25 years ago, a most unlikely Brave smacked the shot heard 'round Atlanta

It was a little before midnight July 4, 1985, when we sneaked out of my friends' house, two 15-year-old boys with keys to a boat and warm beers in our pockets. Some three hours later we returned, quietly paddling the old Sea Ray into his dock slip -- just to be safe.

As we walked toward the house we noticed a reflection from the basement television. We were busted.

"You won't believe this game," said my friend's dad, oblivious to our curfew infraction. We had just missed Rick Camp's game-tying, two-out home run -- the most improbable hit in Atlanta Braves history.

It came at 3:30 a.m. in the 18th inning of a game that lasted six hours and 10 minutes. Camp, an amiable country boy from Trion, had never hit a homer in 164 previous at-bats and finished his nine-year career with just 13 hits -- good for a .074 batting average.

Camp would end up the losing pitcher, but he saved our hides. My friend's father, so distracted by the 16-13, 19 inning game, forgot all about us sneaking out.

There's no forgetting what transpired at old Atlanta-Fulton County Stadium, however -- especially for those who participated. The quotes below were collected by then-Braves beat writer Gerry Fraley following the waterlogged marathon.

"I saw things, " New York first baseman Keith Hernandez said, "that I've never seen in my major league career."

Braves legend Dale Murphy said he thought the Braves were sure to win after Camp's two-strike homer.

"I couldn't believe it. I'll never forget this," Murphy said. "I can't explain this game."

One Brave saw it coming. After the first of two rain delays, reliever Gene Garber told teammates, "we'll probably play 18 innings now." But he couldn't have foreseen the 3:55 a.m. finish -- the latest time ever recorded for the completion of a major league game.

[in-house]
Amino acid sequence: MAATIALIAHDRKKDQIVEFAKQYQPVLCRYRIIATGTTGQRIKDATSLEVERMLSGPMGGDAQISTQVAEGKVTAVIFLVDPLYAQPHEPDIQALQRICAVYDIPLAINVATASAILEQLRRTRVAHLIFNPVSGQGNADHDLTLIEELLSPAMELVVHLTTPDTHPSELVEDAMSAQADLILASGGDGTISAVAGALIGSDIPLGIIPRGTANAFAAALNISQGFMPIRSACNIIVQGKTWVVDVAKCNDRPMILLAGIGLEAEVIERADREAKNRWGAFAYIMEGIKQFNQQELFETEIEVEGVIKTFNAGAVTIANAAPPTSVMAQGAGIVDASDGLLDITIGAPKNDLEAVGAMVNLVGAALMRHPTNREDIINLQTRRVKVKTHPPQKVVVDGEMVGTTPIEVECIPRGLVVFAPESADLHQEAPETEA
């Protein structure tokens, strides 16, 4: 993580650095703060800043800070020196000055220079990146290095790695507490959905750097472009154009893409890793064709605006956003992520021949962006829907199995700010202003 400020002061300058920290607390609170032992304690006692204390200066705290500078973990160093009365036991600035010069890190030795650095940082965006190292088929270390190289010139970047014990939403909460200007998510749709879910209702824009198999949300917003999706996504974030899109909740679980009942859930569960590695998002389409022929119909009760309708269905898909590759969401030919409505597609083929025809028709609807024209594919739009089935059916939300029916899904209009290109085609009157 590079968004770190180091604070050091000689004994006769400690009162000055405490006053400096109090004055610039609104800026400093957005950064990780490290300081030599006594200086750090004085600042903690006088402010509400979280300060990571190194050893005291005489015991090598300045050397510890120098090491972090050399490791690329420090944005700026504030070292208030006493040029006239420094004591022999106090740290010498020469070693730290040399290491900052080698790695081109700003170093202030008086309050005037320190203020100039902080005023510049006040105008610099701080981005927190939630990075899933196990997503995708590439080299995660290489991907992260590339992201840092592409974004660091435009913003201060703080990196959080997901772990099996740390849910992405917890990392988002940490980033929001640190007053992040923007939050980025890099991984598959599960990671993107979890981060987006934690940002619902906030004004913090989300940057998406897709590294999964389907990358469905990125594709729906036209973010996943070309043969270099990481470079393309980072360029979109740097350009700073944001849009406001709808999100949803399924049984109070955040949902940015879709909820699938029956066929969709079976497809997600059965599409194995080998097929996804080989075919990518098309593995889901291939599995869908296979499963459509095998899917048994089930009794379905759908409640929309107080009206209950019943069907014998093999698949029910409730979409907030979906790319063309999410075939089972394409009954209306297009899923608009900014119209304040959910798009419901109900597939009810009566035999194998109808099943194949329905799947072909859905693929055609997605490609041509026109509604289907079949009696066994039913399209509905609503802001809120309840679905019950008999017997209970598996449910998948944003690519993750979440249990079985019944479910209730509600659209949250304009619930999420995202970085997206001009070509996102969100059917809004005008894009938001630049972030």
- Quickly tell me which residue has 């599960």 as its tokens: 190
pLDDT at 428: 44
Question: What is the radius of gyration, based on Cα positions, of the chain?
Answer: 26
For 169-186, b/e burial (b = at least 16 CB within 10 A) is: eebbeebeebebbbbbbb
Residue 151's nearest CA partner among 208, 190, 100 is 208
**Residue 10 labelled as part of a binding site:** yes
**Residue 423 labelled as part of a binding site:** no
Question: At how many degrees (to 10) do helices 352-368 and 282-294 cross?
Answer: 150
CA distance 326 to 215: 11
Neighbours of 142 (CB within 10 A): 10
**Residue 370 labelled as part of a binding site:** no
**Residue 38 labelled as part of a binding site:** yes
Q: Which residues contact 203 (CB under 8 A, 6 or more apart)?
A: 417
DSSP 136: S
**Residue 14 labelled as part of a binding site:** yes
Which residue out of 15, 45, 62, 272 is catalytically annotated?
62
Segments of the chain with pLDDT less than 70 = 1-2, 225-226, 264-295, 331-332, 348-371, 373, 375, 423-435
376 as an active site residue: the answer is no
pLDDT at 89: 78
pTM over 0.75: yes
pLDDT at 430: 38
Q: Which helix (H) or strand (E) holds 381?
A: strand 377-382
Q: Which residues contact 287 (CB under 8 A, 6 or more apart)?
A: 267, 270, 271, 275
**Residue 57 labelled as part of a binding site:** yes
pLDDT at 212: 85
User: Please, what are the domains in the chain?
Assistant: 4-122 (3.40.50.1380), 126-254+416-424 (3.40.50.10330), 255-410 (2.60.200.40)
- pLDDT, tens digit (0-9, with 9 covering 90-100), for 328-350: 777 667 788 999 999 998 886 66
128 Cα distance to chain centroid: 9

At least one umpire was determined not to see daybreak. After Mets right fielder Darryl Strawberry contested a strike in the top of the 17th, home plate umpire Terry Tata famously told him, "there aren't any bad calls at 3 a.m."

The game ended, appropriately enough, with Camp striking out in the bottom of the 19th. About 10,000 fans braved the elements and the clock and they expected to be rewarded with Independence Day fireworks, as promised. The Braves delivered, much to the chagrin of those who lived near the Launching Pad.

"To quote Mrs. Vivian Williams of Capitol Homes, it was ‘inappropriate and ill-advised' to set off fireworks at 4 a.m., " then-Atlanta Police Bureau spokesman Jamil El-Shair told the Constitution "That was a very common reaction."

Others wondered if Atlanta had been attacked by Libya. One woman, recalling her reaction to a local television reporter the next morning, figured The End had come.

"I thought it was the Four Horseman of the Apocalypse," she said -- a sight no less likely than a Rick Camp home run.

No one was much surprised that the Braves lost -- a common occurrence in the 1980s.

"If we have to rely on me to hit a home run to win a game, we're in bad shape," Camp said afterward.

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